Washington’s Legislature has approved a bill that will change a controversial state law that makes it difficult to criminally charge police officers who might have inappropriately killed someone.
House Bill 3003 was passed by the House on Wednesday and the Senate on Thursday after law enforcement groups and backers of an initiative tied to the deadly force law reached a compromise deal this week. Gov. Jay Inslee signed it into law Thursday evening.
The measure is expected to stop Initiative 940 from reaching the November ballot and implement the new bill instead, which tweaks the initiative’s sweeping reforms to lower the bar for prosecuting police who use deadly force.
The strategy took some legislative hopscotch to skirt constitutional rules restricting how lawmakers can amend initiatives to the Legislature.
Never miss a local story.
While the policy in HB 3003 got strong bipartisan support, many Republicans objected to the process by which it passed.
Still, many at the Capitol celebrated changing the police shooting law after more than two years of contentious debate.
Supporters say the agreement also prevents what could have been an expensive, lengthy and negative campaign fight between minority groups and law enforcement over I-940.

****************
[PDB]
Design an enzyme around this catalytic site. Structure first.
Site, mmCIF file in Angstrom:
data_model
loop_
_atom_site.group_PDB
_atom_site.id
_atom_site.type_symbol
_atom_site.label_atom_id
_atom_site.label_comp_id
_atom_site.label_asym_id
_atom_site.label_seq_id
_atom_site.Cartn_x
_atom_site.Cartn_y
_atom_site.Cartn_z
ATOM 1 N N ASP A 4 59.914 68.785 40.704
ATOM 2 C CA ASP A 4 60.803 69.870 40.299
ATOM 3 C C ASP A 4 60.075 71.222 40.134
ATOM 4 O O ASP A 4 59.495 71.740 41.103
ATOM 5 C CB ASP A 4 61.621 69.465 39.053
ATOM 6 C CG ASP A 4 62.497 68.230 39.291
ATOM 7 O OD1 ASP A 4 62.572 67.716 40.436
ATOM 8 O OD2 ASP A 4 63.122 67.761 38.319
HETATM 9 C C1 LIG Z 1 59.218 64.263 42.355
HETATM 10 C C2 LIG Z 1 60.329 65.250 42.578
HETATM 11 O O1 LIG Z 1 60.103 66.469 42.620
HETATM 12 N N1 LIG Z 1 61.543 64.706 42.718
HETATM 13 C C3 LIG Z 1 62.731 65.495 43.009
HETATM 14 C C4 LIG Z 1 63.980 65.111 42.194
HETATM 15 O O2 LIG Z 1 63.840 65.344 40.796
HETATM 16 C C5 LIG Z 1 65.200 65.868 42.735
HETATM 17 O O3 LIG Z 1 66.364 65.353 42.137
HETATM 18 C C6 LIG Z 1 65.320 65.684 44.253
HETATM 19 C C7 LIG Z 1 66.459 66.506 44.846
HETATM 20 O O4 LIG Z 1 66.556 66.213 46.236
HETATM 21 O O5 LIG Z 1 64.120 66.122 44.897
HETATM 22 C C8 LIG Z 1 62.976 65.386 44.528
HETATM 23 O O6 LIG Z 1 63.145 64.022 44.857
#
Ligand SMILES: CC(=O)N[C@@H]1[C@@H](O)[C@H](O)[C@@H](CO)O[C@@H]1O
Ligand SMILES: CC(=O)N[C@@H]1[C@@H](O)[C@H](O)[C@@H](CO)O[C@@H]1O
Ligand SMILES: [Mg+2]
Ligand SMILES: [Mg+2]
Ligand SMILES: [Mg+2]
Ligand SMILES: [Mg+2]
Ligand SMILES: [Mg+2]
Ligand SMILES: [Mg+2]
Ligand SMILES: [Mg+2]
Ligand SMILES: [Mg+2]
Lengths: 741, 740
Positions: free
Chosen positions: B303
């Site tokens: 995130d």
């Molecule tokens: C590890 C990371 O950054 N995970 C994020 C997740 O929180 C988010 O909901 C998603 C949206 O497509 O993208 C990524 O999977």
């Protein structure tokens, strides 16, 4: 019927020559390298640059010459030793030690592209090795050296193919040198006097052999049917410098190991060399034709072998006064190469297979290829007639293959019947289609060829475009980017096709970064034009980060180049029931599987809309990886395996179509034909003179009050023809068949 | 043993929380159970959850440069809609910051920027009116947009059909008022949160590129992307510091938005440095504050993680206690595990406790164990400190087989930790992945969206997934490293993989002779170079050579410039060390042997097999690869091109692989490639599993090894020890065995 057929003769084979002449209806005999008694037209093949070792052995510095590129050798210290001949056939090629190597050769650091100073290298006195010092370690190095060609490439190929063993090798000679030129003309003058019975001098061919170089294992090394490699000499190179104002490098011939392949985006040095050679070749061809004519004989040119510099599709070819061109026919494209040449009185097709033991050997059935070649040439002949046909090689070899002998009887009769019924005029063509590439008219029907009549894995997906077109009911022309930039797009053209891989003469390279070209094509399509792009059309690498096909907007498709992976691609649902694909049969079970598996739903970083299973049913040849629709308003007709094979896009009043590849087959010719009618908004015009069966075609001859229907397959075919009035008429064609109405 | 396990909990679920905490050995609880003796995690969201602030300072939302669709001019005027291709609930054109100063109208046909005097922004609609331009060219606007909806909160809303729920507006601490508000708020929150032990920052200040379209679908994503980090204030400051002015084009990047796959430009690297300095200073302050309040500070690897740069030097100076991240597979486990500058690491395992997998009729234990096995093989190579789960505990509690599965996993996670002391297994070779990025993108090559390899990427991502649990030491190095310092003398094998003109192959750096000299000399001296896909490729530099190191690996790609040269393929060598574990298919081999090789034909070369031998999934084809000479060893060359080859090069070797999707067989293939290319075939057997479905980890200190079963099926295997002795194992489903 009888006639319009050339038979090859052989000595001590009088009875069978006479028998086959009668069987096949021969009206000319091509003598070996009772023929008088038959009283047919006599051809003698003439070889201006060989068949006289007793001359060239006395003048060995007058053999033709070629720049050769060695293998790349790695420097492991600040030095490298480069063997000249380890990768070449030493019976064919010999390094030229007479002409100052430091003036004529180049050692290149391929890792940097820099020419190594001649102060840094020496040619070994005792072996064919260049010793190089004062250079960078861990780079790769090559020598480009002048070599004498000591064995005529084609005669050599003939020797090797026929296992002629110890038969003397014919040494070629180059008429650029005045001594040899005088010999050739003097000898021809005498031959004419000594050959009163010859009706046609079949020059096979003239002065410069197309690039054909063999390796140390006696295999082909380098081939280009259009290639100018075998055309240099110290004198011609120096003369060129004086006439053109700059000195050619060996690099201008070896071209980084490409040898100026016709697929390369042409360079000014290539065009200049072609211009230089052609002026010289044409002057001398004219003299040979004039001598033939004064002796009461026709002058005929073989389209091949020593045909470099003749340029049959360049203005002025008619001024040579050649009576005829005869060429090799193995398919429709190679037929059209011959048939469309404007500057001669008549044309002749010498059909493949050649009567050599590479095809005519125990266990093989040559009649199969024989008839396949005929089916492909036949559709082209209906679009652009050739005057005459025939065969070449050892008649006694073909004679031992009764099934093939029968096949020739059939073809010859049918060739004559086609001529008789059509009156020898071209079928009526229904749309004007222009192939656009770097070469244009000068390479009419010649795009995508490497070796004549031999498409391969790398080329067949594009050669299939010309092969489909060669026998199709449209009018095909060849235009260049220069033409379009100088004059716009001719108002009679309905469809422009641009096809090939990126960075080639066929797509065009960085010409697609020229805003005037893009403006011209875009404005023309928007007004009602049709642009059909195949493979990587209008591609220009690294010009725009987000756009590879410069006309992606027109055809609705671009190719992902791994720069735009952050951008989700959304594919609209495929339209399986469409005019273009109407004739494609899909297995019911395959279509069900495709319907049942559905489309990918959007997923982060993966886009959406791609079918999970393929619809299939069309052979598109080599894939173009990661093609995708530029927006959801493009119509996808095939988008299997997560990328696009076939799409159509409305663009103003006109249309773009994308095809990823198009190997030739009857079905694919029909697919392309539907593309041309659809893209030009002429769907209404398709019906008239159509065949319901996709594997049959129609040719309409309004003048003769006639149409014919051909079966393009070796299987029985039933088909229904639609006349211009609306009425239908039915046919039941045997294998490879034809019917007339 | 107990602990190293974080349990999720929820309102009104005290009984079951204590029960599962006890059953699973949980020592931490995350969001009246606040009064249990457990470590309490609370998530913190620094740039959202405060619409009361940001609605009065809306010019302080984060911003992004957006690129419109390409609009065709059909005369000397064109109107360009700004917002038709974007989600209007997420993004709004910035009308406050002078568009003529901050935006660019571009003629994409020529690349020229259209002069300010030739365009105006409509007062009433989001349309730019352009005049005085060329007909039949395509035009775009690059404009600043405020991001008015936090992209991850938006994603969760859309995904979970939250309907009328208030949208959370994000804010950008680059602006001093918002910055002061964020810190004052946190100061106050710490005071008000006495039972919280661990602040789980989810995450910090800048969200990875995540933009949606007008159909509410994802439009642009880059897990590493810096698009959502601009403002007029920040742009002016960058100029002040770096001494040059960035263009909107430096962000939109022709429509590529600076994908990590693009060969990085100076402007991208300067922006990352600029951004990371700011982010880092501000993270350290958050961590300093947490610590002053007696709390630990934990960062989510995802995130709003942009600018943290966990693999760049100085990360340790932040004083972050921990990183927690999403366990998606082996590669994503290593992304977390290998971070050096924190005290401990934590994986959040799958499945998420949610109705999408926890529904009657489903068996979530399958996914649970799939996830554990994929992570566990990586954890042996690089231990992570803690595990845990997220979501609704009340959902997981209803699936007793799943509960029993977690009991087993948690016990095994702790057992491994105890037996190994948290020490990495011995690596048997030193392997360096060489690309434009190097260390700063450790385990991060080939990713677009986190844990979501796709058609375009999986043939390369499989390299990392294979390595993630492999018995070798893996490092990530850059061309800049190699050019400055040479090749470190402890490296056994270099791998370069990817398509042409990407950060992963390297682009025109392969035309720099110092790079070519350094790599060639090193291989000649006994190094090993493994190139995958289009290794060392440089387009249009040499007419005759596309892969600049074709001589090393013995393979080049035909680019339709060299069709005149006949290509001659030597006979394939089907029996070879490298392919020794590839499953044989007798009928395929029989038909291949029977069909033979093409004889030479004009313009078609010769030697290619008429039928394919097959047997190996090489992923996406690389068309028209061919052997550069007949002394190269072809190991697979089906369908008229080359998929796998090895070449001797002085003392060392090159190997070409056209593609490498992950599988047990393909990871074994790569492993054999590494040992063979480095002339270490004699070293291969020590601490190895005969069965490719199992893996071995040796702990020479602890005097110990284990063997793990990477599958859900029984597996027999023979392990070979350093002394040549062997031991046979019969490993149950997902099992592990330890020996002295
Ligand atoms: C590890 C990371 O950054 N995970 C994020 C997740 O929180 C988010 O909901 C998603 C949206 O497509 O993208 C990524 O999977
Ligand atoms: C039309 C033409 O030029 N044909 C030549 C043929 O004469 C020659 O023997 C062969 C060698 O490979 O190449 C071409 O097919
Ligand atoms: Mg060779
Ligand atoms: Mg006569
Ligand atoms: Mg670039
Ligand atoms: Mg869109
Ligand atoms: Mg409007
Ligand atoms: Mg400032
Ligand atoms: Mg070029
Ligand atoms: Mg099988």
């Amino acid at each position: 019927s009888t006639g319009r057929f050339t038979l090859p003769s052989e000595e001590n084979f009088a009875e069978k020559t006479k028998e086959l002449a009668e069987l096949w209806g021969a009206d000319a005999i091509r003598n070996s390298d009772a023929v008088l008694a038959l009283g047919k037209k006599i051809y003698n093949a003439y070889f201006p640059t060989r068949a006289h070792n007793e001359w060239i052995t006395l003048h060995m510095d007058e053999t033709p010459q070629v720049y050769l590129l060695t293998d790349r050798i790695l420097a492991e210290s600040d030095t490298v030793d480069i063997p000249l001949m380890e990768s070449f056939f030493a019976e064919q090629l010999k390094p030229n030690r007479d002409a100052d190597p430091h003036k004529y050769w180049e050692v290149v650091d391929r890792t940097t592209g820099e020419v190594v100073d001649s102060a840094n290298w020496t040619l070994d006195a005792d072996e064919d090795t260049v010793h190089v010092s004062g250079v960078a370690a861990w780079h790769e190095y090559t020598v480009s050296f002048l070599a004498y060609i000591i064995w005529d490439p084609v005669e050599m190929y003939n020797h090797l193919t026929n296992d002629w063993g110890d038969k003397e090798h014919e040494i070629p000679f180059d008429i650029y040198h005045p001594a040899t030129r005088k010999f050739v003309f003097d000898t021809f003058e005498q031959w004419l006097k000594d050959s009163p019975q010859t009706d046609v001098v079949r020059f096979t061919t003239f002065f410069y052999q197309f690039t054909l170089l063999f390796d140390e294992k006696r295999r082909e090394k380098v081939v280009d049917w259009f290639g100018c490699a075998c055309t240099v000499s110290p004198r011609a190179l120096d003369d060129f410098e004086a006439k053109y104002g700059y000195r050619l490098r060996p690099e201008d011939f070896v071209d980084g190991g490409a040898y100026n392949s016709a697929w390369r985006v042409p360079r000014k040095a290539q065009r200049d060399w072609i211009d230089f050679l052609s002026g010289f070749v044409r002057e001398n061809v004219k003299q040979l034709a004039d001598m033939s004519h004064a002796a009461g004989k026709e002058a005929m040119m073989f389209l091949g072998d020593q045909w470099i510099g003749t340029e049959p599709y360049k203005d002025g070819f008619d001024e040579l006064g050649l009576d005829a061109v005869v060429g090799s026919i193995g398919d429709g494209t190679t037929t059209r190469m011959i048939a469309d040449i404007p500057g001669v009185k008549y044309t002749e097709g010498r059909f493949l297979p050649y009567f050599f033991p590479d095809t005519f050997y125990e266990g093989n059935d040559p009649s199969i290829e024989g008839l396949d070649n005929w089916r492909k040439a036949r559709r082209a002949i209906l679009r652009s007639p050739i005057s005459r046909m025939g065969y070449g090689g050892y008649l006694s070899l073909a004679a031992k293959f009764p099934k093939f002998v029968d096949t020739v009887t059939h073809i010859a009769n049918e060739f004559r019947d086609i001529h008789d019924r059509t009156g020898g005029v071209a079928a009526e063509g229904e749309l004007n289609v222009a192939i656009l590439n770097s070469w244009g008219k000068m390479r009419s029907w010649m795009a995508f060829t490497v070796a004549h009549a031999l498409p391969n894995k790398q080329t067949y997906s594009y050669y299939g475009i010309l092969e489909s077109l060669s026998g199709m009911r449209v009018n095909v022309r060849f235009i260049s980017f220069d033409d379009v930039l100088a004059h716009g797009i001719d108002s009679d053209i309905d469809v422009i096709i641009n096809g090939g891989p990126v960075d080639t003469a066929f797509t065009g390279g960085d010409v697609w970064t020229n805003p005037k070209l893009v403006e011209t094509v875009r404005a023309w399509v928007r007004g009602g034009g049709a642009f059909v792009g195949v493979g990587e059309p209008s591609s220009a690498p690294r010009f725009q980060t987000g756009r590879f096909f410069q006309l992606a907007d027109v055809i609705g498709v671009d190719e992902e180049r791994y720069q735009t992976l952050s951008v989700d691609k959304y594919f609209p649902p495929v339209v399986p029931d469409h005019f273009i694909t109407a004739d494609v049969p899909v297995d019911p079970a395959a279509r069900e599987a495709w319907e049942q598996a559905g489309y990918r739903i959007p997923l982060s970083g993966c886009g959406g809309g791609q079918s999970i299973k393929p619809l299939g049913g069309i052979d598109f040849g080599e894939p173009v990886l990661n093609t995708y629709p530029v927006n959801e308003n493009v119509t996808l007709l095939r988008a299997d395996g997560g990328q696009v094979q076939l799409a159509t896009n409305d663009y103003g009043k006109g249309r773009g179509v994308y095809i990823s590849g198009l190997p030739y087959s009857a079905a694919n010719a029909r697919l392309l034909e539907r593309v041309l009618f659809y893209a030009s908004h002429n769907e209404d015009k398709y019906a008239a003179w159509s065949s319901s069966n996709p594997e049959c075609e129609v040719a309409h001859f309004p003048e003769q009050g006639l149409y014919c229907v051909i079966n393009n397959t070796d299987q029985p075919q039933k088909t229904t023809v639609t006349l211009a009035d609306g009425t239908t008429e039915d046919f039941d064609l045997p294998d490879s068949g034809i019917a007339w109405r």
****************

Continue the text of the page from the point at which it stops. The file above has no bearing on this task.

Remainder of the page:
“This is really a historic moment because we’ve been trying for years to bring law enforcement and aggrieved communities together,” said state Rep. Roger Goodman on Wednesday.
Goodman, a Democrat from Kirkland, helped broker the negotiations.
Under current law, prosecutors must prove an officer who used deadly force acted with “malice” and without “good faith” in order to win a conviction.
The “malice” standard is unique in the country, and prosecutors say it effectively blocks them from charging officers with crimes for reckless and negligent shootings unless they acted with evil intent and are guilty of murder.
HB 3003 deletes the “malice” requirement and defines “good faith” as whether a reasonable officer would have used deadly force in the same circumstances.
The original initiative also deleted “malice” but had a two-part test to determine if an officer acted in good faith.
Lawmakers, police groups, prosecutors and I-940 backers said HB 3003 has a better legal standard than the initiative following group input in negotiations.
Supporters said it offers a chance to charge law enforcement officers with manslaughter in certain situations where an officer acted outside the bounds of training while also protecting officers who make honest mistakes in dangerous circumstances.
Rep. Dave Hayes, a Camano Island Republican and a Snohomish County sheriff’s deputy, said on the House floor Wednesday that he doesn’t believe the bill “is perfect by any means.”
“But when it comes down to the good faith language that’s in this bill, I think if an officer acts within that language which is based on national case law, then that officer will be protected,” he said.
Hayes was a key negotiator for HB 3003.